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Thursday, March 26, 2020


We are truly living through, as it is officially referred to in Switzerland, an extraordinary situation. As the world grapples with the COVid-19 virus, many parents are grappling with how this is impacting their children, which means more than just trying to figure out continuity for education during this crisis. It also means addressing any concerns or anxieties that their children might be having right now.

I remember the first time I realized, as a young teen, that "normal" life could be completely upended by events with a world-wide impact. I felt very unsettled as I learned about World War 1 and World War 2, and realized that adults didn't really have things figured out to the degree I assumed they had.

For the first time, I felt fear on an existential level.

My life-long interest in history is, in my opinion, directly rooted in the desire of young-me to deal with that existential fear by assuring myself, through learning about history, that the world had always encountered crises - the Black Death, world wars, and yes, even pandemics - and somehow humanity had managed each time to find a way through, and forward.

I think the most important thing we as adults can give to children and young people right now is that knowledge. To help them understand that humanity and society has periodically faced challenges on a global level, and has managed to survive, and find ways to thrive again, after they pass. It's important for young people to believe that there will be a "normal" again after this crisis passes, however long it takes for that new normal to arrive.

Books can help with this, so I'd like to recommend a book for middle grade readers, the wonderful Palace Beautiful by Sarah DeFord Williams. In this book, a contemporary young teenage girl, Sadie, finds an old diary when her family moves into a new home. The diary was written by a girl about her age during the flu pandemic of 1917-1918. The book tells two stories, the contemporary story of sisters Sadie and ZuZu, and their friend Bella, and that of Helen, who wrote the diary during the pandemic.

I've always loved this book, for a variety of reasons, but one of them is particularly relevant in this moment: it lets young readers know that even though sometimes big, scary things like pandemics happen, they also pass. As Sadie, ZuZu and Bella discover what happened to Helen after the last diary entry, young readers learn that there is life to look forward to after significant events, like pandemics, end. That there is, indeed, a new normal.

Wishing everyone safe, and well.

cover of the middle grade book Palace Beautiful by Sarah DeFord Williams

Tuesday, March 10, 2020



Pride & Prejudice, by Jane Austen.

Listening to...

the audiobook of Anne of Green Gables, by L.M. Montgomery. 


Circuses in the U.S. circa 1910. 

Waiting to Read...

A Seat at the Circus, by Antony Hippisley Coxe.

I'll be cracking this open as soon as it arrives in the post.

Friday, January 24, 2020


It's almost February, which means it's the time of Fasnacht here in Switzerland - our version of Fasching (Germany), Mardi Gras or Carnivale. Clubs work for months preparing floats (often around a parade theme), while brass bands practice their Guggemusigg (parade song sets).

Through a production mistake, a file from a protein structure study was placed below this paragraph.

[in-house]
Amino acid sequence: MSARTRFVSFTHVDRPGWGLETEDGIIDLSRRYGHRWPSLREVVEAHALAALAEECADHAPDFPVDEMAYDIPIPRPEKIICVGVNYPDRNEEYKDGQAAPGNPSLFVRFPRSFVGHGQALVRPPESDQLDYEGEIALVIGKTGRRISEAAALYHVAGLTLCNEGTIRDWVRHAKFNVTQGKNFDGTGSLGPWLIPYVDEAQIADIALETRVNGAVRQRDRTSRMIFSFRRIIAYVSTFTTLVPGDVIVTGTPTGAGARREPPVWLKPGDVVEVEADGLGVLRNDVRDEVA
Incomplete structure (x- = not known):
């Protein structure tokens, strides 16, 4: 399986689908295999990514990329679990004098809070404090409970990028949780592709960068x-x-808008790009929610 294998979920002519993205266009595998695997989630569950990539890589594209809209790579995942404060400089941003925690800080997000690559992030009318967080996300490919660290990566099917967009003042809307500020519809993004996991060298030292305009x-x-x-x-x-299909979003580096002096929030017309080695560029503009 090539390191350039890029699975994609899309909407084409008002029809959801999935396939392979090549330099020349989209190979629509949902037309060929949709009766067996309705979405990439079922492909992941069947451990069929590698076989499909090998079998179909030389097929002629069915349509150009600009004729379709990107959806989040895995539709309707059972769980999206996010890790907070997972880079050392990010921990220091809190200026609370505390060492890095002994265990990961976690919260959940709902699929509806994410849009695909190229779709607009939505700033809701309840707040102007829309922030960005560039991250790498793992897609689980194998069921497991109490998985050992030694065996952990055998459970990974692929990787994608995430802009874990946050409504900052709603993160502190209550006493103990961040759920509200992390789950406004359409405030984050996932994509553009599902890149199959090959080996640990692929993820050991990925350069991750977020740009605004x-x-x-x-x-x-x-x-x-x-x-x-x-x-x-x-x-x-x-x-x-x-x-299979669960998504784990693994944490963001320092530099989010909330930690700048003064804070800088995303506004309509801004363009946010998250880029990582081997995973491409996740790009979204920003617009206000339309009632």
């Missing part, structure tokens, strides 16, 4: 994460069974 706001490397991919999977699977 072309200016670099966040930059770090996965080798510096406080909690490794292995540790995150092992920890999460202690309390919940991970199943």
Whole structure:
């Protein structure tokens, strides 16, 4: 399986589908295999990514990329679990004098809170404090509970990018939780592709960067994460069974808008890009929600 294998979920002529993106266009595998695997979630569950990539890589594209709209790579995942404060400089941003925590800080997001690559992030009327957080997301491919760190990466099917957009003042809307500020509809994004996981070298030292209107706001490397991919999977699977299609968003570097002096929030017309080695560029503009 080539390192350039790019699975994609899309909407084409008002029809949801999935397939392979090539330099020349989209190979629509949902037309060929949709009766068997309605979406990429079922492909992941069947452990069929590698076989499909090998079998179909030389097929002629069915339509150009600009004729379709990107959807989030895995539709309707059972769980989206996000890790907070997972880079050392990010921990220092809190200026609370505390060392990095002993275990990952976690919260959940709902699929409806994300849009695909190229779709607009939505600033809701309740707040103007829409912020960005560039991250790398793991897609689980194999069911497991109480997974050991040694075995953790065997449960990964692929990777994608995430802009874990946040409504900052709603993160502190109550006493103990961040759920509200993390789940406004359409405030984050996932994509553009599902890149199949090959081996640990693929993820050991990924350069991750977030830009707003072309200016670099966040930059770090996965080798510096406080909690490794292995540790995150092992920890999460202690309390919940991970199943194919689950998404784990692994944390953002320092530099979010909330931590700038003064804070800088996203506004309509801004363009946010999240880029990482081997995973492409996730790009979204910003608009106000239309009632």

I had experienced Mardi Gras before, and knew about Carnivale, but until I moved here, I had no idea that similar celebrations took place in some of the Swiss cantons (only the Catholic ones - although one or two of the Reformed cantons are having parades these days). Since Fasnacht is not widely known outside of Switzerland (and perhaps, Germany), I was surprised to encounter it recently while listening to an audio book. Kim Stanley Robinson mentions it, as well as other aspects of Swiss culture, in the book "Red Mars." Apparently KSR lived in the French-speaking part of Switzerland for a time, and I'm assuming that's how Swiss people, and some Swiss customs, made their way into his book.

While I don't think he nails everything in his representations of the Swiss and their customs, his descriptions of Fasnacht rang true for me, and it was a delightful surprise to encounter Swiss characters and some aspects of Swiss culture in science fiction.

When I think of Fasnacht, in addition to Guggemusigg and parades, and the light crispy Fasnachtschueche, the other thing that comes instantly to mind is confetti. It's sold in large bags to be thrown by the spectators as the bands of musicians and parade floats pass by.

One of my favorite sayings is "Spread kindness like confetti." I love that thought. Confetti is thrown out randomly, without aim. It flutters in the air, mixing with the confetti thrown by other parade-goers, before landing on the pavement. Although the streets are always swept after the parades, some of the confetti clings stubbornly to the pavement for days and even weeks. And like its indoor cousin, glitter, confetti's superpower is getting everywhere.

For weeks after watching a parade, after you're sure you've found and thrown out every last circle of colored paper, you'll reach a hand in your pocket, or dig around in the bottom of a backpack or purse that you swear was practically hermetically sealed, only to find it: a lone piece of confetti.

I like the idea of spreading kindness like confetti. Of sending it out into the world with enthusiastic abandon, letting it mix with the kindnesses of others, and landing where it will. The world would be a better place if more of us spread kindness that generously.